Thrifting Tips for the Best Bargains (From a Pro Thrifter)


While thrifting is already a bargain, there are additional tactics you can employ to get even better deals and to avoid, for example, paying hundreds for a pair of preloved designer jeans.

I’ve been thrifting since I was a teenager and have been to hundreds of shops in numerous countries, which has allowed me to pick up on some common themes and trends as well as learn a few tricks.

With the help of the simple methods I’ve outlined below, I’ve been able to score killer deals on the regular and now you can too. Happy thrifting!

1. Be willing to travel to less populated areas

I’ve found that in smaller towns or in the outskirts of bigger cities you’ll often get the best deals. This might mean that you have to travel a bit further, but the prices can often make it worth the extra trouble.

Not only are the overall prices usually lower in these areas but I’ve also found that the staff working in these shops are less likely to be familiar with designer brand names.


As a result, I’ve scored some major deals at these in-the-middle-of-nowhere shops such as Max Mara sunglasses for 2.50 CHF and Armani sunglasses for 1.50 CHF (shown above), Prada and Escada jeans for 10 CHF each (pictured below), and Dsquared jeans for 12 CHF (the CHF is roughly equivalent to $).


2. Be willing to dig through the sale bins for secret treasures

Some shops I visit have tables or bins full of clothes where everything is 1 CHF (~$1) a piece. While it takes added time and energy to dig through these mounds of clothes, I’ve found many, many designer and quality pieces including a Burberry skirt, Christian Dior men’s shirt (pictured below), vintage dresses (I’ve styled one example below), and a Paul and Joe Sister dress all for 1 CHF each.


So if you have the time and stamina, you can stumble upon some great deals in these bins of clothes.


3. Keep detailed notes about the places you’ve visited

This is probably my favorite tip, as it’s been paramount to my shopping success and it’s a secret I don’t think many thrifters are using!

As I travel all over Switzerland and to other countries to go second-hand shopping, it’s difficult to remember exactly where I scored my best deals or which shops had outrageously high prices.

I found a genius way to keep track of this with a little help from Google Maps.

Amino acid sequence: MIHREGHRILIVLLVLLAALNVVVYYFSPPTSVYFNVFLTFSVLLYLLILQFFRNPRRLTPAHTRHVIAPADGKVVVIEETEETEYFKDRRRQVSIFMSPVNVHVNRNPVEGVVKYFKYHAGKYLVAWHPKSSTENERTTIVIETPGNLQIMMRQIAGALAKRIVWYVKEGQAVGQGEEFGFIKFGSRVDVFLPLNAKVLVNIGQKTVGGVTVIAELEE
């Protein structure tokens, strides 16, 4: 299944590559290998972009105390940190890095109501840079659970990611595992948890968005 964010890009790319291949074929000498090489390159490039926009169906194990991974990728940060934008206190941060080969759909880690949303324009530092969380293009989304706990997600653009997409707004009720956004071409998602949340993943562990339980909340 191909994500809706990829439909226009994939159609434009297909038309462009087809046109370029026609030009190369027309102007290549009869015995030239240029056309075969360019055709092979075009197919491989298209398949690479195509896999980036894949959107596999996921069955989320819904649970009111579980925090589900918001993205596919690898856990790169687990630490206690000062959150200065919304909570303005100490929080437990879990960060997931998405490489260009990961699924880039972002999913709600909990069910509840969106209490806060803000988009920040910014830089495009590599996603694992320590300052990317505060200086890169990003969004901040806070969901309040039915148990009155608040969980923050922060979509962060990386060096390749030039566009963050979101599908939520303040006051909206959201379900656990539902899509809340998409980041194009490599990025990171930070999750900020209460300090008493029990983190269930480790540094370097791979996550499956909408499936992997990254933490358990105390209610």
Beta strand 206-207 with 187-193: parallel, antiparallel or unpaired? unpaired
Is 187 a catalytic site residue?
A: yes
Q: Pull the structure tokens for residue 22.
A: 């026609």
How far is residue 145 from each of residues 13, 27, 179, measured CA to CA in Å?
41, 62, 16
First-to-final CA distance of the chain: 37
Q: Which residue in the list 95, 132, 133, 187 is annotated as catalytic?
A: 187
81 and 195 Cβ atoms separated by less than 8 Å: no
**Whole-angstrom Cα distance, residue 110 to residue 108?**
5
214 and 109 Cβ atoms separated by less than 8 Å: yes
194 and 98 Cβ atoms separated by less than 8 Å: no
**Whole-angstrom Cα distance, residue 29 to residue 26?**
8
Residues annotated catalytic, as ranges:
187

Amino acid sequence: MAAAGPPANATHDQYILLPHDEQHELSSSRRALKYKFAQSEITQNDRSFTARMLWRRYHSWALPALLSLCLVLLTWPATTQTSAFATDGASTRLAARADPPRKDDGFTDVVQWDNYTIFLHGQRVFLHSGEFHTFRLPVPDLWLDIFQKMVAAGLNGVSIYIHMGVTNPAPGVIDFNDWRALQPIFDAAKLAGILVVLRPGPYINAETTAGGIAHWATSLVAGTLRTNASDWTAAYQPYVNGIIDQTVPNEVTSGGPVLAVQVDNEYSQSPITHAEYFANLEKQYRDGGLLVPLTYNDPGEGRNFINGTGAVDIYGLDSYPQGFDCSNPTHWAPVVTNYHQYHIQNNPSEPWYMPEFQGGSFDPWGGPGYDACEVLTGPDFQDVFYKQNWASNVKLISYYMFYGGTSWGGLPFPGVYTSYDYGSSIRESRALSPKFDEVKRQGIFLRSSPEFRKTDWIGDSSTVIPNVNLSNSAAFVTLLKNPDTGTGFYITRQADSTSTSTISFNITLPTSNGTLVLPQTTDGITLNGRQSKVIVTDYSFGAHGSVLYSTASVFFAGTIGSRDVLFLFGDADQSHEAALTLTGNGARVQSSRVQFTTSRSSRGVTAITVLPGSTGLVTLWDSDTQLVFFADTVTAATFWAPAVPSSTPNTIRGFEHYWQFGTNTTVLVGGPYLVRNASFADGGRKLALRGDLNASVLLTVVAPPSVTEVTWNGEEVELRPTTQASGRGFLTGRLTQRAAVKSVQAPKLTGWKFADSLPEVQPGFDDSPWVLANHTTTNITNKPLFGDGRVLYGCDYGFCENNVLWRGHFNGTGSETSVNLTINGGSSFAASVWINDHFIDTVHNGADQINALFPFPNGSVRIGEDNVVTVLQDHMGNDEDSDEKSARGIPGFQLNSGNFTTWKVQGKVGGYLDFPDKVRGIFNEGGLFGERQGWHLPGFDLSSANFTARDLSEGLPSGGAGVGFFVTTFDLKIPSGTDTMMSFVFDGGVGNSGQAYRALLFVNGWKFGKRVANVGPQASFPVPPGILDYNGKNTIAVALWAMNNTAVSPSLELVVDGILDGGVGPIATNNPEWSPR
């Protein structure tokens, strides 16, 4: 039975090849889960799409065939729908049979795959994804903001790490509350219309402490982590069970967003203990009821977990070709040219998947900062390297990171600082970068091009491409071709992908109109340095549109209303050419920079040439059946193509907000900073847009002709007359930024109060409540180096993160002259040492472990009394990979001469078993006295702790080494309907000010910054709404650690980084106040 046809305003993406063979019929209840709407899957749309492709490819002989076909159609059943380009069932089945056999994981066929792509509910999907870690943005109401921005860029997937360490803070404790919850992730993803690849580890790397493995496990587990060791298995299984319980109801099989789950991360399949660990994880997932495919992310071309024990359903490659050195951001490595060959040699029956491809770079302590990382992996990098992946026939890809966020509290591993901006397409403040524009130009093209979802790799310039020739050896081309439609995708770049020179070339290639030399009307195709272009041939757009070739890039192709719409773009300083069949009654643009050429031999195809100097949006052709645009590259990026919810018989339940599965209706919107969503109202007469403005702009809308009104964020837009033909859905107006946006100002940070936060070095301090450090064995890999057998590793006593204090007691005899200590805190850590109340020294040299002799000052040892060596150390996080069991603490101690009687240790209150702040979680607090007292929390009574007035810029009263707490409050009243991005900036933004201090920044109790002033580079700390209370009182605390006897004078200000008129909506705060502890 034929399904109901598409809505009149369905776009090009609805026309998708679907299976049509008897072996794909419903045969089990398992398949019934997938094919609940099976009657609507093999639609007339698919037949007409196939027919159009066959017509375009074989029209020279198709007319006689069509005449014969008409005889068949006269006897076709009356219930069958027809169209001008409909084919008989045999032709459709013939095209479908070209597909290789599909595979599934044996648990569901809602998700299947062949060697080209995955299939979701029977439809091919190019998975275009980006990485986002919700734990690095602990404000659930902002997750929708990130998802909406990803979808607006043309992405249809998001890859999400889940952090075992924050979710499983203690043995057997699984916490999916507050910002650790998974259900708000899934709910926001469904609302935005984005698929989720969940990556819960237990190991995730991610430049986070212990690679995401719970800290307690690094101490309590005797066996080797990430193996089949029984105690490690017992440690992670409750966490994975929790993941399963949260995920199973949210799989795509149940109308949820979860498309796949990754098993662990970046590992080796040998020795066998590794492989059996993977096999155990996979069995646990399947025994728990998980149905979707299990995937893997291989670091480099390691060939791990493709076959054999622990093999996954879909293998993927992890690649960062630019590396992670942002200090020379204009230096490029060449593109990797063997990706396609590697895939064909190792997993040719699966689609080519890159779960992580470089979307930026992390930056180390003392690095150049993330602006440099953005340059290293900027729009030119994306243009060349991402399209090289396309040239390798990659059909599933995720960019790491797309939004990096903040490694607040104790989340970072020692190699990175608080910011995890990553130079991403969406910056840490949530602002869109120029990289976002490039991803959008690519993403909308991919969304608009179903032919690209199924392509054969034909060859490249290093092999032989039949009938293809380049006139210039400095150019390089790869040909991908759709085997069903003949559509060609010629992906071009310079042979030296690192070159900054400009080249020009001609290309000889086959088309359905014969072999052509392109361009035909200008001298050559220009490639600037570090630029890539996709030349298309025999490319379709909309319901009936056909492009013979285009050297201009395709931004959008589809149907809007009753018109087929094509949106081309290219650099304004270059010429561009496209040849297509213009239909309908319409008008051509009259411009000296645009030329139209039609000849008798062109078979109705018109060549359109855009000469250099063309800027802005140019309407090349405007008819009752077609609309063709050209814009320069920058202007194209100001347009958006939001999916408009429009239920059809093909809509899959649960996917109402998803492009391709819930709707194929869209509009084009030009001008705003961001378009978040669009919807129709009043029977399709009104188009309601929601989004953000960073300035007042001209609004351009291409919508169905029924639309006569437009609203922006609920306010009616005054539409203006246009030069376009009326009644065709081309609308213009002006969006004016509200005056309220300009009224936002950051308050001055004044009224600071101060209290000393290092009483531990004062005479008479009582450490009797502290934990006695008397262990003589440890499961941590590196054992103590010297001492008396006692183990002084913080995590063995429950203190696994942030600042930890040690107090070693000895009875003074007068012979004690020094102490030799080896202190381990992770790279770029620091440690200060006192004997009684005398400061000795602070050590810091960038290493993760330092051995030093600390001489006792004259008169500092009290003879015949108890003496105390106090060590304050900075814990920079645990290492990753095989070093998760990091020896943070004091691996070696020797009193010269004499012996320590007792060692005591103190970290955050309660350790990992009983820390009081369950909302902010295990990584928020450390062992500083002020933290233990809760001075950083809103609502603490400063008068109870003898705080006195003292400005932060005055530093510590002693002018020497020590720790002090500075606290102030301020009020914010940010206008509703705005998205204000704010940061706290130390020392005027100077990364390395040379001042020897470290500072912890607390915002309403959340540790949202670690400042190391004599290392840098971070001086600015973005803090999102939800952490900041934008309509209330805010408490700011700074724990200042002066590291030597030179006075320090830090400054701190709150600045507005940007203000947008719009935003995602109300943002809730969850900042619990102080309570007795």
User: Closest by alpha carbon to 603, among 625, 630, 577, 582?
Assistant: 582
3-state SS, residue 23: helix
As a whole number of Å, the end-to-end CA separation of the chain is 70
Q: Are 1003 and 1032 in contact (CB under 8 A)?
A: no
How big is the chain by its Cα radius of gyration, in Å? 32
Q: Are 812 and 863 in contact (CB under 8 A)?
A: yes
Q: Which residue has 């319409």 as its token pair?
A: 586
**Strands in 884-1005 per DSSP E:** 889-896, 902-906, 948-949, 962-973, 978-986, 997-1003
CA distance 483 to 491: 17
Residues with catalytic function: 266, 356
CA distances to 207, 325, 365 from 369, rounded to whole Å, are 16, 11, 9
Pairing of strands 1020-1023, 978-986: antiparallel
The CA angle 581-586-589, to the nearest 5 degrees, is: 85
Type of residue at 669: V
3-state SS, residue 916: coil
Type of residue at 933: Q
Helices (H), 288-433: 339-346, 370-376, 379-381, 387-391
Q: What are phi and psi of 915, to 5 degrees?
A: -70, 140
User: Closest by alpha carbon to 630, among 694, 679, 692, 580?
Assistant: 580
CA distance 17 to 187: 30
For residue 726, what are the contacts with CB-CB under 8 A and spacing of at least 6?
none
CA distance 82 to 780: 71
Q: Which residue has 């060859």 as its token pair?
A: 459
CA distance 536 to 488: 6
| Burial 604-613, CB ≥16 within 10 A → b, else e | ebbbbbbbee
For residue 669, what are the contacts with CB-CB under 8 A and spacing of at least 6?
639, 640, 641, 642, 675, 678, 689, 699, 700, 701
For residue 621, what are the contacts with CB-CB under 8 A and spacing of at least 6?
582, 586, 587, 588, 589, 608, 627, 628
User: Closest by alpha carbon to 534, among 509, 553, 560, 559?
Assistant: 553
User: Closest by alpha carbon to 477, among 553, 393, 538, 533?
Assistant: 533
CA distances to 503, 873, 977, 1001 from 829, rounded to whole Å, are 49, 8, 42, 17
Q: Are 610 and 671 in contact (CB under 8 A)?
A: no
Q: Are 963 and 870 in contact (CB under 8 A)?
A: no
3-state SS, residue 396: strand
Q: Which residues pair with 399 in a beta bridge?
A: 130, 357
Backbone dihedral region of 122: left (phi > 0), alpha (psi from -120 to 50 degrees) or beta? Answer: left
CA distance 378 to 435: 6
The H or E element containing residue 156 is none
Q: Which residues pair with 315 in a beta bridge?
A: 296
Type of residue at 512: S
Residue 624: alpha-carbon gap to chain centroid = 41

Google Maps allows you to save locations within your own private lists. (See this tutorial from Google on how to make your own list of places.)

What I do is create a separate list of all the second-hand shops in each of the locations where I’ve been thrifting (Switzerland, Malta, Munich, Paris, etc.) or am planning to go vintage or second-hand shopping.

After I’ve visited one of my saved locations (or stumbled upon one that wasn’t yet on my map) I’ll add a note to that shop.

I like to enter a description that will help me remember the spot by describing the layout or the location of the store as well as mention what pieces I bought or tried on, and what the prices were like.

If it was a shop where everything was overpriced, I’ll make a note that there’s no need to return to that store.

If it was a really great location, then I might add a certain keyword such as “best” or “favorite” that I can then search for (using command/control f) to easily pull up these shops again.

Storing your notes in Google Maps is a great trick because it means you always have them saved in the cloud and can access them from your phone or computer (or even share them with friends).

I would never be able to keep all my best spots straight (my list for Switzerland currently has close to 500 shops!) without these notes. (Here I discuss my favorites across Switzerland, the best shops to find bargains in Antwerp, and where to score some hidden gems in Brussels.)

And if it weren’t for my detailed notes, I never would have remembered which shop I found this men’s Givenchy button-up shirt for 2 CHF (pictured below).


4. Scour the men’s & kid’s sections


With oversized clothing trending right now, it’s given me even more of an incentive to shop in the men’s section. This is one area of the store that is often much less frequented so you can pick up some bargains.